Cognitive deterioration in adult epilepsy: does accelerated cognitive ageing exist?

L.E.M. Breuer, P. Boon, J.W.M. Bergmans, W.H. Mess, R.M.H. Besseling, A. de Louw, A.G. Tijhuis, S. Zinger, A. Bernas, D.C.W. Klooster, A.P. Aldenkamp

Research output: Contribution to journalArticleAcademicpeer-review

18 Citations (Scopus)

Abstract

A long-standing concern has been whether epilepsy contributes to cognitive decline or so-called 'epileptic dementia'. Although global cognitive decline is generally reported in the context of chronic refractory epilepsy, it is largely unknown what percentage of patients is at risk for decline. This review is focused on the identification of risk factors and characterization of aberrant cognitive trajectories in epilepsy. Evidence is found that the cognitive trajectory of patients with epilepsy over time differs from processes of cognitive ageing in healthy people, especially in adulthood-onset epilepsy. Cognitive deterioration in these patients seems to develop in a 'second hit model' and occurs when epilepsy hits on a brain that is already vulnerable or vice versa when comorbid problems develop in a person with epilepsy. Processes of ageing may be accelerated due to loss of brain plasticity and cognitive reserve capacity for which we coin the term 'accelerated cognitive ageing'. We believe that the concept of accelerated cognitive ageing can be helpful in providing a framework understanding global cognitive deterioration in epilepsy.

LanguageEnglish
Pages1-11
Number of pages11
JournalNeuroscience and Biobehavioral Reviews
Volume64
DOIs
StatePublished - 1 May 2016

Fingerprint

Epilepsy
Cognitive Reserve
Numismatics
Cognitive Aging
Dementia
Brain

Keywords

  • Accelerated cognitive ageing
  • Cognition
  • Cognitive ageing
  • Cognitive decline
  • Cognitive deterioration
  • Cognitive trajectory
  • Epilepsy
  • Risk factors

Cite this

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title = "Cognitive deterioration in adult epilepsy: does accelerated cognitive ageing exist?",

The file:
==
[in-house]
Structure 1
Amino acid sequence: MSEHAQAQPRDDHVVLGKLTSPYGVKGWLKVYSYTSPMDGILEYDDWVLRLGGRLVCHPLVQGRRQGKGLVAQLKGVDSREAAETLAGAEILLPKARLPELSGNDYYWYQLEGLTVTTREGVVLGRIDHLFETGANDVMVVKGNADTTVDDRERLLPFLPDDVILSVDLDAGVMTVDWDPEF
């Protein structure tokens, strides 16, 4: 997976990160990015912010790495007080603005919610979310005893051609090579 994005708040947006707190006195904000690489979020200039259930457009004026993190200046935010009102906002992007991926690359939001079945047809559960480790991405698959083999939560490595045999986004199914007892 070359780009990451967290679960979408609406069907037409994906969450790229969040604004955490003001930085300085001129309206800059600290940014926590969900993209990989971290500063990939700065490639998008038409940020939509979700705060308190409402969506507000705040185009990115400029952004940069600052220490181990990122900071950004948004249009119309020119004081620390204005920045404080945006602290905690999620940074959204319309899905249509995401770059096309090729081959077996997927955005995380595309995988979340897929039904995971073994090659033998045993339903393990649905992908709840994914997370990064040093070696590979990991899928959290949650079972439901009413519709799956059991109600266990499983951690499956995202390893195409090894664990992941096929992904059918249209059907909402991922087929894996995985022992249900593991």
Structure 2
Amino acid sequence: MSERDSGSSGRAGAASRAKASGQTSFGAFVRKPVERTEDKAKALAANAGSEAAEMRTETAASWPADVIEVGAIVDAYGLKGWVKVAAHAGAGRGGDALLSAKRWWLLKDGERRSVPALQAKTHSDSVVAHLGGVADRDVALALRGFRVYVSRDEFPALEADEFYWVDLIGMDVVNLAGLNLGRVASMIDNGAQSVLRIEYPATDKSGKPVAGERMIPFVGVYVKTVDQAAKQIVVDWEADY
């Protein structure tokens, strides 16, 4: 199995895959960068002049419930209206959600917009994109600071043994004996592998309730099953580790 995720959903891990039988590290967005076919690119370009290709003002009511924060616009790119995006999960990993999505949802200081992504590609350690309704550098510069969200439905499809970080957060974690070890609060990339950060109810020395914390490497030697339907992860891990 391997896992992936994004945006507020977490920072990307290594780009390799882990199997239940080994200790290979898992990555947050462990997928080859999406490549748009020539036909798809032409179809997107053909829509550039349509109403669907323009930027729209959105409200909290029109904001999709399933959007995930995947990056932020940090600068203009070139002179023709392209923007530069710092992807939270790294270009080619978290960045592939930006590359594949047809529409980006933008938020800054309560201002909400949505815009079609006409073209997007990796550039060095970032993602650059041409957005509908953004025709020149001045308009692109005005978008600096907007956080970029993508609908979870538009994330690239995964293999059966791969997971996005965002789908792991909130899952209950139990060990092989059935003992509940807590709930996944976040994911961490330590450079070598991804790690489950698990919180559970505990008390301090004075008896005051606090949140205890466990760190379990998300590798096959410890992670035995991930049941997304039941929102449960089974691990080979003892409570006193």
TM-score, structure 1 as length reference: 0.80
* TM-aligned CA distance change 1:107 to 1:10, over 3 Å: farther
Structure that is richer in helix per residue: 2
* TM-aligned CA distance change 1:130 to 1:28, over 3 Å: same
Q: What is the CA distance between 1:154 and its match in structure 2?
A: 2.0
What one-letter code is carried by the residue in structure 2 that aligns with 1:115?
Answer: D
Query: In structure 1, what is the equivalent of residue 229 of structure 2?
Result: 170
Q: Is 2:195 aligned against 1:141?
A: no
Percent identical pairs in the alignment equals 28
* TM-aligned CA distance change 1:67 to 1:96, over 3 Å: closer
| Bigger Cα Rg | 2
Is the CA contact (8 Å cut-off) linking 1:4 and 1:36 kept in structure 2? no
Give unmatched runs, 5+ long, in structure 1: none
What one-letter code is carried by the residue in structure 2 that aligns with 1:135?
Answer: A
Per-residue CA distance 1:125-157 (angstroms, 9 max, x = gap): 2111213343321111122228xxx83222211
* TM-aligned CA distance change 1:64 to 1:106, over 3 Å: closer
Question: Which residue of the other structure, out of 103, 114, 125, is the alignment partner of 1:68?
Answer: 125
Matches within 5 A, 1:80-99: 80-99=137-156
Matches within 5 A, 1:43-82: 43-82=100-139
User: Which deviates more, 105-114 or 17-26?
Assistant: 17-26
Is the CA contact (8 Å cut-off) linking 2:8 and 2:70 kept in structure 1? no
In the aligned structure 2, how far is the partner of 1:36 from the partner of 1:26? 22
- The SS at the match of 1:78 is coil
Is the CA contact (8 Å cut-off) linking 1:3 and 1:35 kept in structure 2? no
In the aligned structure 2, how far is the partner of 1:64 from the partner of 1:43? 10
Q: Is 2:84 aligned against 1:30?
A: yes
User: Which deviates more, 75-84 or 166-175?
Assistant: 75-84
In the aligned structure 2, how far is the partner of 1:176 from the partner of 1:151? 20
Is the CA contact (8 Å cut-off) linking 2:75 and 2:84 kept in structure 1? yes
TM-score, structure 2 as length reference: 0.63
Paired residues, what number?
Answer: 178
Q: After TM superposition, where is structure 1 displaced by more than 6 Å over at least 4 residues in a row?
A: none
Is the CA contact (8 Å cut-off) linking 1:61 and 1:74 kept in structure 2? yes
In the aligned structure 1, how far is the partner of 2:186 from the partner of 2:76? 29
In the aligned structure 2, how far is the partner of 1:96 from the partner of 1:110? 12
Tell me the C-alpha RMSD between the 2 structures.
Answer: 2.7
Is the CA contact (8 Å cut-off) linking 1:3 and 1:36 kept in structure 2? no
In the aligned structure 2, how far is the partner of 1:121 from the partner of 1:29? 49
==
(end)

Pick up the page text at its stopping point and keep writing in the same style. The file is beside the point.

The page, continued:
abstract = "A long-standing concern has been whether epilepsy contributes to cognitive decline or so-called 'epileptic dementia'. Although global cognitive decline is generally reported in the context of chronic refractory epilepsy, it is largely unknown what percentage of patients is at risk for decline. This review is focused on the identification of risk factors and characterization of aberrant cognitive trajectories in epilepsy. Evidence is found that the cognitive trajectory of patients with epilepsy over time differs from processes of cognitive ageing in healthy people, especially in adulthood-onset epilepsy. Cognitive deterioration in these patients seems to develop in a 'second hit model' and occurs when epilepsy hits on a brain that is already vulnerable or vice versa when comorbid problems develop in a person with epilepsy. Processes of ageing may be accelerated due to loss of brain plasticity and cognitive reserve capacity for which we coin the term 'accelerated cognitive ageing'. We believe that the concept of accelerated cognitive ageing can be helpful in providing a framework understanding global cognitive deterioration in epilepsy.",
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Cognitive deterioration in adult epilepsy : does accelerated cognitive ageing exist? / Breuer, L.E.M.; Boon, P.; Bergmans, J.W.M.; Mess, W.H.; Besseling, R.M.H.; de Louw, A.; Tijhuis, A.G.; Zinger, S.; Bernas, A.; Klooster, D.C.W.; Aldenkamp, A.P.

In: Neuroscience and Biobehavioral Reviews, Vol. 64, 01.05.2016, p. 1-11.

Research output: Contribution to journalArticleAcademicpeer-review

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AU - Mess,W.H.

AU - Besseling,R.M.H.

AU - de Louw,A.

AU - Tijhuis,A.G.

AU - Zinger,S.

AU - Bernas,A.

AU - Klooster,D.C.W.

AU - Aldenkamp,A.P.

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